Guardian Dogs

[July 15, 1892.]

Having read for years your interesting letters and articles on animals

in the Spectator, I feel sure you will like to have a thoroughly

authentic account of a dog in this neighbourhood. I am allowed to give

the name of the owner, who is living at Lyme Regis, where I was staying

last week. The two incidents happened within a few weeks of each other.

Mrs. and Miss Coode were a
one in their house (except the servants); and

one night Miss Coode was awakened by hearing two knocks at her door and

a slight whine. It was between three and four o'clock in the morning.

She rose and opened the door to find the dog there, and at the same time

noticed and heard a stream of water running down the stairs. She went up

the staircase to its source, and aroused the servants to attend to it.

As soon as the dog saw that the matter was being remedied, he quietly

went back to the mat in the hall and went to sleep again. The dog is a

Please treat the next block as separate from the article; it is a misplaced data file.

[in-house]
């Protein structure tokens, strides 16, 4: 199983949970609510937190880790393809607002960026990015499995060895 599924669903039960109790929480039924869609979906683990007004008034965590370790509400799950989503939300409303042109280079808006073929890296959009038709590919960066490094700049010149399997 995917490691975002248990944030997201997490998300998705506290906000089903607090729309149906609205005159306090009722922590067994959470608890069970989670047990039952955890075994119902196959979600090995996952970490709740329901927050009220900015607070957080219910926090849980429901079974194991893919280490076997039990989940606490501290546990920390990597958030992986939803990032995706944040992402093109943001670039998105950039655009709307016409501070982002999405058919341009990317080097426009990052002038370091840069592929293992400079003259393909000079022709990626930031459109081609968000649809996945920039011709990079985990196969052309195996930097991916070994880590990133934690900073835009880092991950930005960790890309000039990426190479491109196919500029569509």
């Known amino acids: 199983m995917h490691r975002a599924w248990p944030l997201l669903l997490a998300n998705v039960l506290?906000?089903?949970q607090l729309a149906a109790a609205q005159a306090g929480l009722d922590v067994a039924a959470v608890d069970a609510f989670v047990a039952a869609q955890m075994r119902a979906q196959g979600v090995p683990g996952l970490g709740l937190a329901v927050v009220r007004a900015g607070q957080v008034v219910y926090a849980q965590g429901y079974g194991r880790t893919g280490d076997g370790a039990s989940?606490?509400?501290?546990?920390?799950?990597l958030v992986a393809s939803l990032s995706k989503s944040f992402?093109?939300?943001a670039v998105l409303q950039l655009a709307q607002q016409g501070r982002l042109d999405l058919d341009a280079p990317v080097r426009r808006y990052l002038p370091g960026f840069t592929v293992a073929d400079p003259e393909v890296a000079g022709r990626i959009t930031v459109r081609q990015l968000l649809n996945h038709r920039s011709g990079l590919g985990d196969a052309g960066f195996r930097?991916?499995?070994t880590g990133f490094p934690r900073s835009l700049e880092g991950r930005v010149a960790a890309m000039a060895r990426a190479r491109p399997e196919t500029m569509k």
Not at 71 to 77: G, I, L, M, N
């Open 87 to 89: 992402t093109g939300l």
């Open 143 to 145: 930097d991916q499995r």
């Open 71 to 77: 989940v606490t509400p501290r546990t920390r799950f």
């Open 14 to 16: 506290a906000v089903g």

large one, a cross between a retriever and a greyhound--a very beautiful

creature, resembling a poacher's lurcher.

The second incident occurred only last week, when Miss Coode was again

aroused. This time by a loud crash, as if a picture had fallen. Almost

immediately the dog bounded upstairs, threw himself against the door,

which happened to be ajar, burst into the room, panting and eyes

glistening,--this, at least, Miss Coode saw as soon as she struck a

light, for it was between twelve and one o'clock. She went out on to the

staircase and downstairs to look at the pictures in the drawing-room.

The dog would not follow. The cook, coming down from her room, called

him a coward not to go with his mistress, but Sheppard did not move.

Miss Coode found all safe below, and returned upstairs, and the dog went

with her to the top floor, where the ceiling of a small room had fallen

in. He then retired to his mat, having done his duty. He also showed his

sagacity in going to the daughter's room--the one most capable of seeing

to matters. Hoping, as a dog-lover, that this may interest all such, and

help to prove that dogs think and reason more than some human

beings--also to show that we often inferior beings have no right to

presuppose that the superior animals have no souls.